Liquid Batteries Doubling As Stability Control for Weight and Balance, and Ballast

If you look at a hybrid car, or a fully electric automobile, then you will note that they have quite a few Batteries. Those batteries have liquid inside, and that liquid does move around. Yes, often they have membranes, baffles, or even a webbing which also doubles as a component of the battery to help it charge faster, or hold the charge longer. However, as long as they have liquid inside, we might be able to turn that challenge into an opportunity. Okay so, let’s talk about all this for second if we might.

There was a brilliant article on Physorg (dot) com recently titled; “Liquid batteries could level the load,” posted on February 14, 2012 by David L. Chandler. Interestingly enough, the title of that article reminded me of an old engineering concept that I had long ago about a UAV or unmanned vehicle which would eat itself as it flew, as the wing spar would be wrapped in fuel and as it used up the fuel the wing would decrease its camber, and not needing that extra weight after climb-out it would increase its speed. Anyway you get the point.

Now then, taking this article title in Physorg (dot) com and dismissing what the article was really about, which was distributing the level of electric output – and then considering my engineering design, think about liquid batteries and how they might assist in the stability of aircraft, vessels, motorcycles, cars, rail, submarines, or other transportation devices when it really matters. What if the batteries were not box shaped, but layered on top of each other?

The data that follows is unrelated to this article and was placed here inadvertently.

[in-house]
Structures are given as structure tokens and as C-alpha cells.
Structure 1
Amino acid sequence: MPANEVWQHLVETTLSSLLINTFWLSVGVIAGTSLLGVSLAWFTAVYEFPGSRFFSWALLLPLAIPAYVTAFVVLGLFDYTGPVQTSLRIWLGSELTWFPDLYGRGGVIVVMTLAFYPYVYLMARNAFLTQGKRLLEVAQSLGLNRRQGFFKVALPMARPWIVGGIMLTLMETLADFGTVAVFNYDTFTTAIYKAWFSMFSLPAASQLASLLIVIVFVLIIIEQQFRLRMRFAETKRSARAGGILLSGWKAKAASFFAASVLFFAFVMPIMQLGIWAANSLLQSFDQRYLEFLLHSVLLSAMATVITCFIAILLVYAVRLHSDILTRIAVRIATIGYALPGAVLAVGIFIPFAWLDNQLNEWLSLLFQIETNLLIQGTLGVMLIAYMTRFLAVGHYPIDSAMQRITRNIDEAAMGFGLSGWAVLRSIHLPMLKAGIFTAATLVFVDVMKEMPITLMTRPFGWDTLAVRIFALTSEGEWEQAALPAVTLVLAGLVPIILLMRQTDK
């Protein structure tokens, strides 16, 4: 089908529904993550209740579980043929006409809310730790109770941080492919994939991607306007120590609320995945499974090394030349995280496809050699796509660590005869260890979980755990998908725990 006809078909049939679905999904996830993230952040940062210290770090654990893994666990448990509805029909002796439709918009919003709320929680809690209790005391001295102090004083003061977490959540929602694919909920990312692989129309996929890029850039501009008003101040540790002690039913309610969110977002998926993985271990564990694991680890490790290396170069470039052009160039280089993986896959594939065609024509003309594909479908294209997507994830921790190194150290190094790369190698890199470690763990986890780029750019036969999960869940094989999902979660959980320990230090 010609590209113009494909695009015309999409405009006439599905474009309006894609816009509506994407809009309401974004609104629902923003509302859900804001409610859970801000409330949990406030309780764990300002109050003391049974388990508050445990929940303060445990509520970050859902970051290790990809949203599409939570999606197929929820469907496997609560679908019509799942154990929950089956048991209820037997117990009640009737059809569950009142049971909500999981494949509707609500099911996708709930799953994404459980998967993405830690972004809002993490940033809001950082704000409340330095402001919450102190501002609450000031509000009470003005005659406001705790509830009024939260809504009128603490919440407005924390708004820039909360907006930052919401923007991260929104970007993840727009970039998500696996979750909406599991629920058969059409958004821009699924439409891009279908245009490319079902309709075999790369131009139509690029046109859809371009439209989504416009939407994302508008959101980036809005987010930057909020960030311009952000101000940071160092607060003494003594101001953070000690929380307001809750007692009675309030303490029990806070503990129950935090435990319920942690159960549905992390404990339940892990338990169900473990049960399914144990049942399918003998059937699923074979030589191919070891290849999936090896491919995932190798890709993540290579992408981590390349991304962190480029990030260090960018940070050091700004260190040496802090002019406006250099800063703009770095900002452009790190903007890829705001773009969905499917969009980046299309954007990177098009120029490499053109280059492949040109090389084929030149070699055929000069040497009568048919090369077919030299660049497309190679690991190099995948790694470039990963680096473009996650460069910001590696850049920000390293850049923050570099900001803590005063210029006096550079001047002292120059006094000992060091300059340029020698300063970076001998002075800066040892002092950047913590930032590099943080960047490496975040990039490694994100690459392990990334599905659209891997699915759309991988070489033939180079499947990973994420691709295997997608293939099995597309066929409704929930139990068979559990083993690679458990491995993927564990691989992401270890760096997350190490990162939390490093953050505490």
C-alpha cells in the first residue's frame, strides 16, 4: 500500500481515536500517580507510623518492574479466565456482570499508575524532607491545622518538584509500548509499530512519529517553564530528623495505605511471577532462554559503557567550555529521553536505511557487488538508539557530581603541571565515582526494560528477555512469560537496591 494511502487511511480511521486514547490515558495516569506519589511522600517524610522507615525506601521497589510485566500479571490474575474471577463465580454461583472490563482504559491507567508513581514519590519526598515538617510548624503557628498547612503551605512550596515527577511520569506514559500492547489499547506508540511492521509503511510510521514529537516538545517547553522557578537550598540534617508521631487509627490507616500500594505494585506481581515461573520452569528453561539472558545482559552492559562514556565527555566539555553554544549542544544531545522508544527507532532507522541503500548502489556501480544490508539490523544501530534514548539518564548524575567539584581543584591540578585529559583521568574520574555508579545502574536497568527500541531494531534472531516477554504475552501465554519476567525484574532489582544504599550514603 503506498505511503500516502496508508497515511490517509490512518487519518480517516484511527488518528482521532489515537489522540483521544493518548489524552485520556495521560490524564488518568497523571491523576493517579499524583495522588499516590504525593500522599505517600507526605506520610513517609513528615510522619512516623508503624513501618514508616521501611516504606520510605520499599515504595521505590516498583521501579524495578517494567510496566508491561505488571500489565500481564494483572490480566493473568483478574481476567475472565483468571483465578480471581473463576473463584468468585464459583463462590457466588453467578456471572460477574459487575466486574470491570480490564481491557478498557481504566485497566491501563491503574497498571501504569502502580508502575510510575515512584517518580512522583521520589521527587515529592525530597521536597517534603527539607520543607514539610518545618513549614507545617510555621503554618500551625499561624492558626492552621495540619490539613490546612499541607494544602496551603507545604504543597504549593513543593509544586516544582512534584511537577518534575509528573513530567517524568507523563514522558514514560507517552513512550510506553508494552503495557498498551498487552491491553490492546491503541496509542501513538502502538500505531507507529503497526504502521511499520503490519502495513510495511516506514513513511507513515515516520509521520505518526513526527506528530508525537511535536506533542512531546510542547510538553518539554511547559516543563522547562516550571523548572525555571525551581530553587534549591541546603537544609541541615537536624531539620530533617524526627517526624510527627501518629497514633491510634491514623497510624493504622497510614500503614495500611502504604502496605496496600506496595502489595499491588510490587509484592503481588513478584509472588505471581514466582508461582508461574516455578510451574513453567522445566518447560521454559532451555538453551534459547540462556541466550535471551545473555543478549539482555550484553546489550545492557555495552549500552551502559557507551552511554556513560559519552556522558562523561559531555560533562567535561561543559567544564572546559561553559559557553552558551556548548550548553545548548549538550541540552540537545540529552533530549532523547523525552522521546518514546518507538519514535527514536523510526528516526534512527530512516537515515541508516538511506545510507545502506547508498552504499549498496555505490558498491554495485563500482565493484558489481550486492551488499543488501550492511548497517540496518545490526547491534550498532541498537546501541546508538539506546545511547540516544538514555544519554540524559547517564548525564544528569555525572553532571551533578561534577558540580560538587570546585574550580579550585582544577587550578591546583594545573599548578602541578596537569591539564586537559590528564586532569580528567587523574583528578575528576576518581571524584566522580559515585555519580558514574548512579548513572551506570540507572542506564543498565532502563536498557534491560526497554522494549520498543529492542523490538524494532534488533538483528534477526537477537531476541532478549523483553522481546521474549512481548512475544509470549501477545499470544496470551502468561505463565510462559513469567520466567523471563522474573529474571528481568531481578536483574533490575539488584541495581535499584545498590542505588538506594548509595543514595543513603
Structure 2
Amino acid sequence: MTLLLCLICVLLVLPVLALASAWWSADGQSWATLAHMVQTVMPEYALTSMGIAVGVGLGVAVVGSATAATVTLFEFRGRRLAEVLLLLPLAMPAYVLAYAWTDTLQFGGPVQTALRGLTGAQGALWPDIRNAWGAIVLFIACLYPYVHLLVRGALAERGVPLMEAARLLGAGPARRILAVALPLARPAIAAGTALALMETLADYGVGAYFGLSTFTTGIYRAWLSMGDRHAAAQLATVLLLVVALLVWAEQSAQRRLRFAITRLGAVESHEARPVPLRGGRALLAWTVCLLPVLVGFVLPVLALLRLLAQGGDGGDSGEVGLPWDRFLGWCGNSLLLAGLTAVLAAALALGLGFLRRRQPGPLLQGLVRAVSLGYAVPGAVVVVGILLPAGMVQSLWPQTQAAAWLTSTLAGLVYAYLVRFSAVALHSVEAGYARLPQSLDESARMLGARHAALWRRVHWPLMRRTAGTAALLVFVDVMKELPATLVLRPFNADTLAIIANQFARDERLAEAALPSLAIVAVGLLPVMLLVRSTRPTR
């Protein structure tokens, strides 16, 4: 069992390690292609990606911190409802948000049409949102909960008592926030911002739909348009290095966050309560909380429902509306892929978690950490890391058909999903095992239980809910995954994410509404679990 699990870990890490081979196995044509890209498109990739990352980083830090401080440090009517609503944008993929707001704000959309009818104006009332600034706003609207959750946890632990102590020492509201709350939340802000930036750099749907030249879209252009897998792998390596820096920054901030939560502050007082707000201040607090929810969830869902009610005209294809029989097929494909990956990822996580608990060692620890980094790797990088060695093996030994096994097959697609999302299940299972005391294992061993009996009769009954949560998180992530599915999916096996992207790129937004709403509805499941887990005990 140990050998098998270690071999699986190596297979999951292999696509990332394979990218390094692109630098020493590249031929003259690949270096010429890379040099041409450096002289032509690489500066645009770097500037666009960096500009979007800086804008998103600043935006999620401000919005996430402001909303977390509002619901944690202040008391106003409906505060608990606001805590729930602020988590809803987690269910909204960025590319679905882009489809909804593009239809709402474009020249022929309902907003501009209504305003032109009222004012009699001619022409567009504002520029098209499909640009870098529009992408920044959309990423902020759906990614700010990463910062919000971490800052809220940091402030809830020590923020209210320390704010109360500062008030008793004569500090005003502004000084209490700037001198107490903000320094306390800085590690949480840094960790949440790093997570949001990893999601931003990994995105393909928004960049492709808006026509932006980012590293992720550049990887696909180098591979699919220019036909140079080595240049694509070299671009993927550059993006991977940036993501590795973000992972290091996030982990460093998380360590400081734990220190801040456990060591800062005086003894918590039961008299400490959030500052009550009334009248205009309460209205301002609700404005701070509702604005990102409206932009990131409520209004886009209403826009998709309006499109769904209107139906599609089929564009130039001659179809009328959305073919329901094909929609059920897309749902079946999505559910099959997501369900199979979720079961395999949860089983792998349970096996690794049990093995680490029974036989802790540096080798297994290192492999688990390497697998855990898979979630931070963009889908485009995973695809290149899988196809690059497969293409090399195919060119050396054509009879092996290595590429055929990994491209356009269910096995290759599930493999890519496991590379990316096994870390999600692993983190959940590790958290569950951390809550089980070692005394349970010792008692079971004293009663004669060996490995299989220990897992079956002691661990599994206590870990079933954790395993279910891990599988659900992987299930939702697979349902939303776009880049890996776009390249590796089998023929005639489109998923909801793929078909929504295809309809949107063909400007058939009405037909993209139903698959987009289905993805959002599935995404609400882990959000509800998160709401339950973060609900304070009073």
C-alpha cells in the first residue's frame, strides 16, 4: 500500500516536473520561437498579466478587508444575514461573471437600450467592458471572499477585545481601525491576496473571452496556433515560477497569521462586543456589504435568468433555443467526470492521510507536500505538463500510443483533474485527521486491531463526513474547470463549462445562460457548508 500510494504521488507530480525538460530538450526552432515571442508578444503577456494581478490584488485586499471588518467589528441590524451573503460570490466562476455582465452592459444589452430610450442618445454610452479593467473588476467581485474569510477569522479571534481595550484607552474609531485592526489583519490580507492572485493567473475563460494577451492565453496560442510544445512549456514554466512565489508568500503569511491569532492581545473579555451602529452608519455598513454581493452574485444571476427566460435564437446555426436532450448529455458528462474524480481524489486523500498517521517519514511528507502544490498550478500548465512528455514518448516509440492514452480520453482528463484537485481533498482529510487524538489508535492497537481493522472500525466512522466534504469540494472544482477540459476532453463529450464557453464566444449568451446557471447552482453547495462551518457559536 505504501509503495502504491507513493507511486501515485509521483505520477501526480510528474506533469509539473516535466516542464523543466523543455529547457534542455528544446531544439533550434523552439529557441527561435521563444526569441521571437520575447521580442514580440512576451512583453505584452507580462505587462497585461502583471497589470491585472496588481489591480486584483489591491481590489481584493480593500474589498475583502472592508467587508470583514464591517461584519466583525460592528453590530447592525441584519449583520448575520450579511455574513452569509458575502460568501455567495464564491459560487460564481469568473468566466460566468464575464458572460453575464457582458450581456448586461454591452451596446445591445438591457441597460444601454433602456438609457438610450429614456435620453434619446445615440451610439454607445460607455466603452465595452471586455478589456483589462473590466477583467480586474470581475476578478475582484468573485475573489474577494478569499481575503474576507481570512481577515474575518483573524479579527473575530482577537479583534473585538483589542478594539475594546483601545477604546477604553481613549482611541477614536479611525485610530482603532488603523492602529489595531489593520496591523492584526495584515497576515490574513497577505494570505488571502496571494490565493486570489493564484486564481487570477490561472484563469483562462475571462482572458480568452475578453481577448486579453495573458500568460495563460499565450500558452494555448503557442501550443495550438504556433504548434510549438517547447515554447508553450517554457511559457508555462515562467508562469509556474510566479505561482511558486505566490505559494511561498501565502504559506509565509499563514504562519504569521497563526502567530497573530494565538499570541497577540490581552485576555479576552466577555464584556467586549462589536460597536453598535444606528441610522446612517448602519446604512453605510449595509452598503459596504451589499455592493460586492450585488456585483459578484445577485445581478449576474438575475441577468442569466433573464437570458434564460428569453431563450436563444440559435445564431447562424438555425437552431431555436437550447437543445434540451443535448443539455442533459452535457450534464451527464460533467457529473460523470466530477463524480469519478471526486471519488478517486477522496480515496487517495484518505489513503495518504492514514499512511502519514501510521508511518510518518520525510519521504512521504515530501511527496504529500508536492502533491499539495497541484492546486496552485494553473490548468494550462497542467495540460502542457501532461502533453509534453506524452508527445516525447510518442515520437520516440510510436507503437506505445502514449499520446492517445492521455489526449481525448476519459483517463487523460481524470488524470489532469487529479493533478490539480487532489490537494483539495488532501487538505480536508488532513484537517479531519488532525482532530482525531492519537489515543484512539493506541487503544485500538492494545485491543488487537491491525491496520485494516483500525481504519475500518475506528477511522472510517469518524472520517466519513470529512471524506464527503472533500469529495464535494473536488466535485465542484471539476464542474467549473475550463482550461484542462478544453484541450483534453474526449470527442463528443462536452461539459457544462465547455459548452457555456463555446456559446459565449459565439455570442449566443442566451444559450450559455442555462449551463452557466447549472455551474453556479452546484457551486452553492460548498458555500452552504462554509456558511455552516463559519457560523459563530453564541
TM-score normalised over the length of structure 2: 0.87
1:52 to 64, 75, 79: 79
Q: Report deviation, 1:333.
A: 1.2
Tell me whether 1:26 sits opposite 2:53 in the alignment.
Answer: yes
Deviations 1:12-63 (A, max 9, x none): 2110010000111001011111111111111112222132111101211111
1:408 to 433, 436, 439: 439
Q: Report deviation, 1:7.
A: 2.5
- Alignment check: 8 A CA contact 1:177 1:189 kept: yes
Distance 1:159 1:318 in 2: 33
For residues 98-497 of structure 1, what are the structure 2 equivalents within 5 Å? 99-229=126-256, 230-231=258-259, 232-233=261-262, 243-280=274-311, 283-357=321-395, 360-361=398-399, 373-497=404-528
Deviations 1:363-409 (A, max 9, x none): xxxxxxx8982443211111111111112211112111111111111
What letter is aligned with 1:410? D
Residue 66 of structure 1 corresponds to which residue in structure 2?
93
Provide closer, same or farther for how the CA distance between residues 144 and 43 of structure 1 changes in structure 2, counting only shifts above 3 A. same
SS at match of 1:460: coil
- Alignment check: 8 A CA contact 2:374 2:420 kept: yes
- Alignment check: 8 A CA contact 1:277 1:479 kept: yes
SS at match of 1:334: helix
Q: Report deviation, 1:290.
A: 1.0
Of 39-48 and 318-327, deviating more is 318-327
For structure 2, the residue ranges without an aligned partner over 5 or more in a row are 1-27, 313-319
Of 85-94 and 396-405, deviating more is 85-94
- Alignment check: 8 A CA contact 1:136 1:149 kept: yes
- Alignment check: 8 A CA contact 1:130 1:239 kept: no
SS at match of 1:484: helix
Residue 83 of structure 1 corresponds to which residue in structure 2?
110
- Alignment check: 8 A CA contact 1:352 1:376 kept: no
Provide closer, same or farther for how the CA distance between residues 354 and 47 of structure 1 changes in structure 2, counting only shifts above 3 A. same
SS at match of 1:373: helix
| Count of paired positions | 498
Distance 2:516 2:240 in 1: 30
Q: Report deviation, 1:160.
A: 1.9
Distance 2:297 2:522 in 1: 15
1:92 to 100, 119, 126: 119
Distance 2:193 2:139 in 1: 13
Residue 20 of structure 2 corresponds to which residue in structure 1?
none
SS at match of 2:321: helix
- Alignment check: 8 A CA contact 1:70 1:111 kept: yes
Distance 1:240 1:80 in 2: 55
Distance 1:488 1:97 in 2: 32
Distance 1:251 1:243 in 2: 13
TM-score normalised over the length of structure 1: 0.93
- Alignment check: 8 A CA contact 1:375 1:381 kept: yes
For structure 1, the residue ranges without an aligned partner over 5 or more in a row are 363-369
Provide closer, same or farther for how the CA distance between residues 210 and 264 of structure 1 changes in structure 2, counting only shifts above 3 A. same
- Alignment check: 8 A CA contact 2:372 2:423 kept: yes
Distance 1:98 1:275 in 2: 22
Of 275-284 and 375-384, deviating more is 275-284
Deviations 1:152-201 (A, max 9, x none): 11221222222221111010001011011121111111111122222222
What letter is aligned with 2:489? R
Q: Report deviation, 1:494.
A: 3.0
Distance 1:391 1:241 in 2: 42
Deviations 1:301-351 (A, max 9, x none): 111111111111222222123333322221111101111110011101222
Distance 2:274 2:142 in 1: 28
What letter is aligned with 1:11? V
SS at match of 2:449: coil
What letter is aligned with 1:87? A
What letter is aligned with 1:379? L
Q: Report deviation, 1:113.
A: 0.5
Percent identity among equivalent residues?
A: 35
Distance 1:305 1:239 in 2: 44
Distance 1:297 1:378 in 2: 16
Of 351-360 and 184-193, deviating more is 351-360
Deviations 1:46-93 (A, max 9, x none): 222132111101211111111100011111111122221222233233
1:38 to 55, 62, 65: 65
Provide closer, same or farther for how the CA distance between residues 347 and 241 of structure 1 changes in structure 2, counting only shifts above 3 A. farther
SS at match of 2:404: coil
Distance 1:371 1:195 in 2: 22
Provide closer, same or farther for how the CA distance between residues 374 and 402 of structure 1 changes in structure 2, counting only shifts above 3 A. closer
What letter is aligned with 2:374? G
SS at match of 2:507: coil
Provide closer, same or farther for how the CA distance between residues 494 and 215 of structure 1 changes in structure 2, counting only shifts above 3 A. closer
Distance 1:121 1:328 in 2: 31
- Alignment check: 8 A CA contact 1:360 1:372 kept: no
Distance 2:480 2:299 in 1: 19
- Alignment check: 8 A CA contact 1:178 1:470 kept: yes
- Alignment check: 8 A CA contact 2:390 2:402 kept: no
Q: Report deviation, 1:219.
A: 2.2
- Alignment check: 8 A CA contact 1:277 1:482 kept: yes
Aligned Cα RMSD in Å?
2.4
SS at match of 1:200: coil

What if some of these batteries were redesigned either in long tubes, or very flat, going the length of the vehicle, or the length of the fuselage in an airplane? What if the batteries were quite large and went across the width of a large ship or vessel? What if they were used as stability control for submarine? There’s actually no reason we can’t do it, although it would take a little bit more engineering, and a little bit extra innovation.

Perhaps it’s time to send the batteries back to the drawing board, and incorporate all those new battery technologies, which happened to use liquid, and figure out what we can do here? Even if we cannot modify the batteries in the way in which I suggest, perhaps they might be on some sort of a roller system where a very simple computer program working with a gyro can place them in the proper position as needed to serve as the ballast for stability control, or even steering? Please consider all this and think on it.

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